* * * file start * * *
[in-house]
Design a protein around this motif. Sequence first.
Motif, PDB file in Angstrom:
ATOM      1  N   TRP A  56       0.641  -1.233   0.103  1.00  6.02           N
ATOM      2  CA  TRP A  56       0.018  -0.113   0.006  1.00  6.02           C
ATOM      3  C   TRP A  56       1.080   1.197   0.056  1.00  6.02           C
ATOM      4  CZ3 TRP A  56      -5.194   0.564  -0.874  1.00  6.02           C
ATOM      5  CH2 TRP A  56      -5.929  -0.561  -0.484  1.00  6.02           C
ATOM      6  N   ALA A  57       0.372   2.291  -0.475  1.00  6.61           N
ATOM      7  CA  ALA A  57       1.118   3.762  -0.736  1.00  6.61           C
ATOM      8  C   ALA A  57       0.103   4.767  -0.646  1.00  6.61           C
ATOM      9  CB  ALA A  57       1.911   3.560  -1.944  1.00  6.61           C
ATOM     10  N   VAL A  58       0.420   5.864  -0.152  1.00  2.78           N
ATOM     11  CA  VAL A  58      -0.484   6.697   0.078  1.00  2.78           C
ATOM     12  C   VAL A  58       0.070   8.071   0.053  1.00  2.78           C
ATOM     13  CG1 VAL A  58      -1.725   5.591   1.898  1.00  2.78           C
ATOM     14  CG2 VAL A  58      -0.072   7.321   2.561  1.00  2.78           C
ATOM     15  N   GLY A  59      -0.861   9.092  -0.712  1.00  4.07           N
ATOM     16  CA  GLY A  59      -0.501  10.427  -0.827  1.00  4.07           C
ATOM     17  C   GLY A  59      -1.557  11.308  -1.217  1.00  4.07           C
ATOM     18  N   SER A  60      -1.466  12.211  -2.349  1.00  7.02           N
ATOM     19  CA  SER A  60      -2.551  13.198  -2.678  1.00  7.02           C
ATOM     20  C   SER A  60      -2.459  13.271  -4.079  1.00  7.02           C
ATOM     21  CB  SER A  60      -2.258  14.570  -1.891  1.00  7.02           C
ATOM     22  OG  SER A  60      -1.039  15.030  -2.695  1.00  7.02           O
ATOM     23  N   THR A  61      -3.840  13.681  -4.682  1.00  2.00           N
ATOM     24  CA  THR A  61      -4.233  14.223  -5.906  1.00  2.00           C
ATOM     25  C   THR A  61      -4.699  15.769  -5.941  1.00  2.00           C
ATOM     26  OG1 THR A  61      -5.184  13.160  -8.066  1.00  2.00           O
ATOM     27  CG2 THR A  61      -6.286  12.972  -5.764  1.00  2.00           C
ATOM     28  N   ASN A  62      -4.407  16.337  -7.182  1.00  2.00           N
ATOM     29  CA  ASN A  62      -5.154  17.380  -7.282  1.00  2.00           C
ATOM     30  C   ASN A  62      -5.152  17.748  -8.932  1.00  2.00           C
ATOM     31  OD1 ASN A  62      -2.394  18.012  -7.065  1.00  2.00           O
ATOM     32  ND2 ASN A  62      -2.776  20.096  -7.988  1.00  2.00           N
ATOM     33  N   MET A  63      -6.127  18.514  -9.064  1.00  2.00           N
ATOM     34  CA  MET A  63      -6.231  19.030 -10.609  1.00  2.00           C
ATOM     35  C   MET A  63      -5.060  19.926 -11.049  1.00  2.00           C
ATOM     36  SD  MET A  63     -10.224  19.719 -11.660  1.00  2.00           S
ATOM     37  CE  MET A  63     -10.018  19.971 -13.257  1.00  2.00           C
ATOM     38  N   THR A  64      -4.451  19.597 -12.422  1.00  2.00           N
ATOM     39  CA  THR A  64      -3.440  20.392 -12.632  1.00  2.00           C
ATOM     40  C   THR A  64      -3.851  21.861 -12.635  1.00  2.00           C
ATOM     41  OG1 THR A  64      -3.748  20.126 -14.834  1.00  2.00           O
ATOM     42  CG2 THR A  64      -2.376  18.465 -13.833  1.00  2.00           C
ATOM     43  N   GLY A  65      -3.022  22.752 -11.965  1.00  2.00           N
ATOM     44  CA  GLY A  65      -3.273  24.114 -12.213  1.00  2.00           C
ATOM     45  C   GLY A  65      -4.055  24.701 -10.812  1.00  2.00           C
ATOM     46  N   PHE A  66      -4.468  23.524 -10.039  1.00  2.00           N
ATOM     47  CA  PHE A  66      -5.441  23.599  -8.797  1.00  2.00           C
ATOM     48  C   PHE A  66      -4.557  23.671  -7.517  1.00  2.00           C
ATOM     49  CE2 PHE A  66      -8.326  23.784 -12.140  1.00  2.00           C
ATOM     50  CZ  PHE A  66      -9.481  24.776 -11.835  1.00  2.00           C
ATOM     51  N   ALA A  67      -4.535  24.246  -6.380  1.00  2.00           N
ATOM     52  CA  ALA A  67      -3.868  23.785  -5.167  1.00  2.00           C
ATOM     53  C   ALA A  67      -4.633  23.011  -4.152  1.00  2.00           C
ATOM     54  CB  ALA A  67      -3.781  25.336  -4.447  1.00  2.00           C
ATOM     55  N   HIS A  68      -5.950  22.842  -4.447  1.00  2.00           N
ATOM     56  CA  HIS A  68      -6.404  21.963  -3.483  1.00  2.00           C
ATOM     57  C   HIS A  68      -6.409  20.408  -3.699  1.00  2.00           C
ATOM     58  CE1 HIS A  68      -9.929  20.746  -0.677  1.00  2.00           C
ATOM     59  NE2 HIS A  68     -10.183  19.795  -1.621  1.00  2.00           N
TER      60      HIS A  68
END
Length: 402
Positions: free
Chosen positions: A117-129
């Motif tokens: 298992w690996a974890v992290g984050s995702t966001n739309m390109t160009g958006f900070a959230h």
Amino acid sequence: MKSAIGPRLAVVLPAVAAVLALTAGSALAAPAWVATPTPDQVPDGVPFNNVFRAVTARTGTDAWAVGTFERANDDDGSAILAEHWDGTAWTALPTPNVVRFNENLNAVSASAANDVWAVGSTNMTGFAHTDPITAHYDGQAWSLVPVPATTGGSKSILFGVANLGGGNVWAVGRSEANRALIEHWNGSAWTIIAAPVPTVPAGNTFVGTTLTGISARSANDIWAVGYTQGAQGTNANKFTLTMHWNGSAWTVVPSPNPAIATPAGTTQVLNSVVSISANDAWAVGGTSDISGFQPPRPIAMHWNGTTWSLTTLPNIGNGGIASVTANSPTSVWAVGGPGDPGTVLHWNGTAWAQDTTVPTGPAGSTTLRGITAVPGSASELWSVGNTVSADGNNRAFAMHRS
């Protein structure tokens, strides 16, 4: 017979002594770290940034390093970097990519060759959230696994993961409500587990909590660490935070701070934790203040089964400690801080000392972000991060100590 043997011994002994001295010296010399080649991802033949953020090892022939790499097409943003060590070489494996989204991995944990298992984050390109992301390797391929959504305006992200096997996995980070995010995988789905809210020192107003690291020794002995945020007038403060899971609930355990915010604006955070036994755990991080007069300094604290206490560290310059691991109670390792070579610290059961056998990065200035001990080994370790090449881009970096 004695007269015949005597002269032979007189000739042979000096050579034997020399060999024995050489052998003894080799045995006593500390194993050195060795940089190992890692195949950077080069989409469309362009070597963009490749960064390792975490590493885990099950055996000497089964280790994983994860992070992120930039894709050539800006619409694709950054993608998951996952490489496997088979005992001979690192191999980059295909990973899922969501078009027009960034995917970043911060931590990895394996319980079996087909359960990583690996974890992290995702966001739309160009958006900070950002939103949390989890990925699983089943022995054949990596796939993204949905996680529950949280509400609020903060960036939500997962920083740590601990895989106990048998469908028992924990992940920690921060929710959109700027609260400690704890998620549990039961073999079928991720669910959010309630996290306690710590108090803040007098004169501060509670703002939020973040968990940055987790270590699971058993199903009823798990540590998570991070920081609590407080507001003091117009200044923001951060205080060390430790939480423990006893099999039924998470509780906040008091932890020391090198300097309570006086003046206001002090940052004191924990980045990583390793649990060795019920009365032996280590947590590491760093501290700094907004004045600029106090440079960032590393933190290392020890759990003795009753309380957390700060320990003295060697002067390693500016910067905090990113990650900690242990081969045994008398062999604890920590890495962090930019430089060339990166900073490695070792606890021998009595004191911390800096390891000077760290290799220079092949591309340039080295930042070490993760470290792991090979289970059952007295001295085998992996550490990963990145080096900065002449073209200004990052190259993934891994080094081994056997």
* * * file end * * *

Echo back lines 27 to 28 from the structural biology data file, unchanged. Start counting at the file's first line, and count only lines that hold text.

ATOM     24  CA  THR A  61      -4.233  14.223  -5.906  1.00  2.00           C
ATOM     25  C   THR A  61      -4.699  15.769  -5.941  1.00  2.00           C